Title: The Stopping Place
Author: Lily Morton
Publisher: Amazon/Kindle Unlimited
Length: 71 Pages
Category: Contemporary Romance
At a Glance: The Stopping Place may be short on page count, but it’s long on emotion and delivers a happy ending that more than satisfied the sentimental side in me.
Reviewed By: Lisa
Blurb: Simeon Frith is recovering from a car accident at his house in Cornwall. He’s a successful man and usually very self-sufficient, but after attempting to open a can of baked beans with a brick, he realises that he needs help. However, he never imagined that putting an advert in the paper for an assistant would result in the gorgeous Ziggy Tuesday sauntering into his life.
The much younger Ziggy is fun and free-spirited, and an attraction quickly grows between them. When they finally sleep together and Ziggy insists that it be completely strings-free, Simeon can’t believe his luck. However, to his horror, he develops unforeseen feelings for the laidback surfer, and he can’t stop them, despite knowing that Ziggy will always leave. It’s what he’s done all his life.
From bestselling author Lily Morton comes a short story about a summer fling that is going to change two men’s lives forever.
Review: I don’t mind admitting I was one of the readers who was a bit disappointed to find out Simeon Frith wasn’t going to get his own happily ever after in Lily Morton’s Finding Home series. He may have lost Milo to Niall Fawcett—and, let’s face it, was there ever any doubt?—but he made enough of an impression on me, in both his earnestness and his gracious acceptance that he’d never had much of a chance, that I wanted to see more of him. Well, we may not have gotten a full-length novel out of it, but what Morton offers up in this sweet and sincere novella more than makes up for things.
The close proximity trope is always a fave, and that’s what Morton builds upon in the relationship between Simeon and Ziggy Tuesday. Ziggy being Simeon’s caretaker while Simeon convalesces after a car accident gives them the ideal opportunity to begin to feel things in just a few short weeks that might have taken much longer under normal circumstances. In fact, The Stopping Place doesn’t waste a single moment to show readers that their physical connection has advanced well beyond patient and carer. And the emotional connection as well, all things being considered.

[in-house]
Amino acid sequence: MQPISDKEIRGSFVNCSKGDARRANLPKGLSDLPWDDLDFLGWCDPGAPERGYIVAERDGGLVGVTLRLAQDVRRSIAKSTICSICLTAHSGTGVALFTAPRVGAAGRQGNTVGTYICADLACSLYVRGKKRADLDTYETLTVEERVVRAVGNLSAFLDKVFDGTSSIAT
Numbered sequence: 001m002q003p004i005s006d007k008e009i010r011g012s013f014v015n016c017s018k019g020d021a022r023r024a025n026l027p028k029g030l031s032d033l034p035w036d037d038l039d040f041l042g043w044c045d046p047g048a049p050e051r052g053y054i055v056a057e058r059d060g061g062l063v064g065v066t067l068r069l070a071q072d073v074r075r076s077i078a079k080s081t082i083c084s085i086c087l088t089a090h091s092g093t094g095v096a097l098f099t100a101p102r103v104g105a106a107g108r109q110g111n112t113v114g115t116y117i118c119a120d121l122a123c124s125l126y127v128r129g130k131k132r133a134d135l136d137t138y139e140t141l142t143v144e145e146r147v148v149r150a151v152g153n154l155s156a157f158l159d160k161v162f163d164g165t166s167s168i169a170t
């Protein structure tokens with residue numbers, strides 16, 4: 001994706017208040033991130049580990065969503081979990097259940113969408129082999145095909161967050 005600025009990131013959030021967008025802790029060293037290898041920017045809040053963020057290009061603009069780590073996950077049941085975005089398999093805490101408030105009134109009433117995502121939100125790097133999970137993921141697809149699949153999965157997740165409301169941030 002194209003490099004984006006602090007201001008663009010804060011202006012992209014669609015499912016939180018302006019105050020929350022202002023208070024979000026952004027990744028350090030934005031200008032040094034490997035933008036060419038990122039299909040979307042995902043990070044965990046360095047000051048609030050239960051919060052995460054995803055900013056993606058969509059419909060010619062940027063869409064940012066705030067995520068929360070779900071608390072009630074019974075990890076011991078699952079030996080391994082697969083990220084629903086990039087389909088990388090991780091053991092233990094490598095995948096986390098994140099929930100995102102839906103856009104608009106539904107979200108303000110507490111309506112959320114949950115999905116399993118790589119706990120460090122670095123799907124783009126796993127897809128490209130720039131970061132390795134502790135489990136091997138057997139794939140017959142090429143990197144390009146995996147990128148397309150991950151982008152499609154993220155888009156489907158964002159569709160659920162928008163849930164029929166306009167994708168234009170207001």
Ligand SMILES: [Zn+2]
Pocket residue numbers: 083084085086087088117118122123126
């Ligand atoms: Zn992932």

The credibility of their falling in love with each other so hastily comes down to a sense of empathy that builds for both characters, but Ziggy in particular, and this is something that Lily Morton accomplishes, and then capitalizes on, with precision, every single time. Simeon is obviously embedded in a career that came about as less a passion and more a means of getting in a dig at his father—who is clearly horrible—but it’s unravelling the mystery that is Ziggy Tuesday that drives the story and gives the novella its name. There are things in his life, from his past, that he doesn’t talk about, things that mean he lives a vagabond life and only returns ‘home’ when he needs the connection to someplace that means something to him. It’s that backstory that creates a bond of empathy, which is this author’s signature, along with the humor peppered throughout her books. The feels and chuckles are always accessible and right on the mark.
The Stopping Place may be short on page count, but it’s long on emotion and delivers a happy ending that more than satisfied the sentimental side in me.
You can buy The Stopping Place here:
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